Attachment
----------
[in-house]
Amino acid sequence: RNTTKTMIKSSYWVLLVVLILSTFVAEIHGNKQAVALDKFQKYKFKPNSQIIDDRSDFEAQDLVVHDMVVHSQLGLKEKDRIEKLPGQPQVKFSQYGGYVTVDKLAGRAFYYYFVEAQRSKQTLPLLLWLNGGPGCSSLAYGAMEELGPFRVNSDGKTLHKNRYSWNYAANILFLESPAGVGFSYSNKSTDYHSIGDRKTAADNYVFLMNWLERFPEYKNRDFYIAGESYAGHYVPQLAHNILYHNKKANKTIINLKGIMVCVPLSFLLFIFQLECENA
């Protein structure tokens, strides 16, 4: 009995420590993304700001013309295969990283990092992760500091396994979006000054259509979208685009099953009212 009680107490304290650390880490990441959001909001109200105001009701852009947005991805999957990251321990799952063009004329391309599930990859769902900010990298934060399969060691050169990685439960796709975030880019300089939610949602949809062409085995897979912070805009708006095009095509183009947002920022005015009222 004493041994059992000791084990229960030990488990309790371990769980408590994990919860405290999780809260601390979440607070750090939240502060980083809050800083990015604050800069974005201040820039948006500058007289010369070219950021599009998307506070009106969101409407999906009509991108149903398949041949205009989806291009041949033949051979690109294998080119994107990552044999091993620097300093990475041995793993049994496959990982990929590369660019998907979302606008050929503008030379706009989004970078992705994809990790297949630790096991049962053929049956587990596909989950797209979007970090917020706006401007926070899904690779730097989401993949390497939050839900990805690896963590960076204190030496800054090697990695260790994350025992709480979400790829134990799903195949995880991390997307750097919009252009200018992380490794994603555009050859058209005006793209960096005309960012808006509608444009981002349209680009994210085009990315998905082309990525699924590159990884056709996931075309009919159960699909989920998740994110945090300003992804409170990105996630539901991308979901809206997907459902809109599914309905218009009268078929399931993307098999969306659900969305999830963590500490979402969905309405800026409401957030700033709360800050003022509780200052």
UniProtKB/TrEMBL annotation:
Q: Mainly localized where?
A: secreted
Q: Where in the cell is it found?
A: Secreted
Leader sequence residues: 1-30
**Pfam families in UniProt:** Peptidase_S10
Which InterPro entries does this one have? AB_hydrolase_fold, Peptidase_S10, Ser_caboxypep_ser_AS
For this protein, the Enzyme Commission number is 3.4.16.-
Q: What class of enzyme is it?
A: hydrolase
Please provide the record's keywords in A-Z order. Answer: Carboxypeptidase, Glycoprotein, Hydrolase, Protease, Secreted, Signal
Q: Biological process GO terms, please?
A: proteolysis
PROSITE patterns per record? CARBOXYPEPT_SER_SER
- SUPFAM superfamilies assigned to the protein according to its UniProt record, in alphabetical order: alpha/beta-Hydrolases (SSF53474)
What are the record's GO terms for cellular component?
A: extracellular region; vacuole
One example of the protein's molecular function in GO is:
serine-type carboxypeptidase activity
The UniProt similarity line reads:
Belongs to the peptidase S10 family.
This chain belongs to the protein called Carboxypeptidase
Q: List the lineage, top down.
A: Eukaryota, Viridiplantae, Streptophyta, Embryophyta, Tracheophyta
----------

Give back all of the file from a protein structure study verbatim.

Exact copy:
[in-house]
Amino acid sequence: RNTTKTMIKSSYWVLLVVLILSTFVAEIHGNKQAVALDKFQKYKFKPNSQIIDDRSDFEAQDLVVHDMVVHSQLGLKEKDRIEKLPGQPQVKFSQYGGYVTVDKLAGRAFYYYFVEAQRSKQTLPLLLWLNGGPGCSSLAYGAMEELGPFRVNSDGKTLHKNRYSWNYAANILFLESPAGVGFSYSNKSTDYHSIGDRKTAADNYVFLMNWLERFPEYKNRDFYIAGESYAGHYVPQLAHNILYHNKKANKTIINLKGIMVCVPLSFLLFIFQLECENA
């Protein structure tokens, strides 16, 4: 009995420590993304700001013309295969990283990092992760500091396994979006000054259509979208685009099953009212 009680107490304290650390880490990441959001909001109200105001009701852009947005991805999957990251321990799952063009004329391309599930990859769902900010990298934060399969060691050169990685439960796709975030880019300089939610949602949809062409085995897979912070805009708006095009095509183009947002920022005015009222 004493041994059992000791084990229960030990488990309790371990769980408590994990919860405290999780809260601390979440607070750090939240502060980083809050800083990015604050800069974005201040820039948006500058007289010369070219950021599009998307506070009106969101409407999906009509991108149903398949041949205009989806291009041949033949051979690109294998080119994107990552044999091993620097300093990475041995793993049994496959990982990929590369660019998907979302606008050929503008030379706009989004970078992705994809990790297949630790096991049962053929049956587990596909989950797209979007970090917020706006401007926070899904690779730097989401993949390497939050839900990805690896963590960076204190030496800054090697990695260790994350025992709480979400790829134990799903195949995880991390997307750097919009252009200018992380490794994603555009050859058209005006793209960096005309960012808006509608444009981002349209680009994210085009990315998905082309990525699924590159990884056709996931075309009919159960699909989920998740994110945090300003992804409170990105996630539901991308979901809206997907459902809109599914309905218009009268078929399931993307098999969306659900969305999830963590500490979402969905309405800026409401957030700033709360800050003022509780200052």
UniProtKB/TrEMBL annotation:
Q: Mainly localized where?
A: secreted
Q: Where in the cell is it found?
A: Secreted
Leader sequence residues: 1-30
**Pfam families in UniProt:** Peptidase_S10
Which InterPro entries does this one have? AB_hydrolase_fold, Peptidase_S10, Ser_caboxypep_ser_AS
For this protein, the Enzyme Commission number is 3.4.16.-
Q: What class of enzyme is it?
A: hydrolase
Please provide the record's keywords in A-Z order. Answer: Carboxypeptidase, Glycoprotein, Hydrolase, Protease, Secreted, Signal
Q: Biological process GO terms, please?
A: proteolysis
PROSITE patterns per record? CARBOXYPEPT_SER_SER
- SUPFAM superfamilies assigned to the protein according to its UniProt record, in alphabetical order: alpha/beta-Hydrolases (SSF53474)
What are the record's GO terms for cellular component?
A: extracellular region; vacuole
One example of the protein's molecular function in GO is:
serine-type carboxypeptidase activity
The UniProt similarity line reads:
Belongs to the peptidase S10 family.
This chain belongs to the protein called Carboxypeptidase
Q: List the lineage, top down.
A: Eukaryota, Viridiplantae, Streptophyta, Embryophyta, Tracheophyta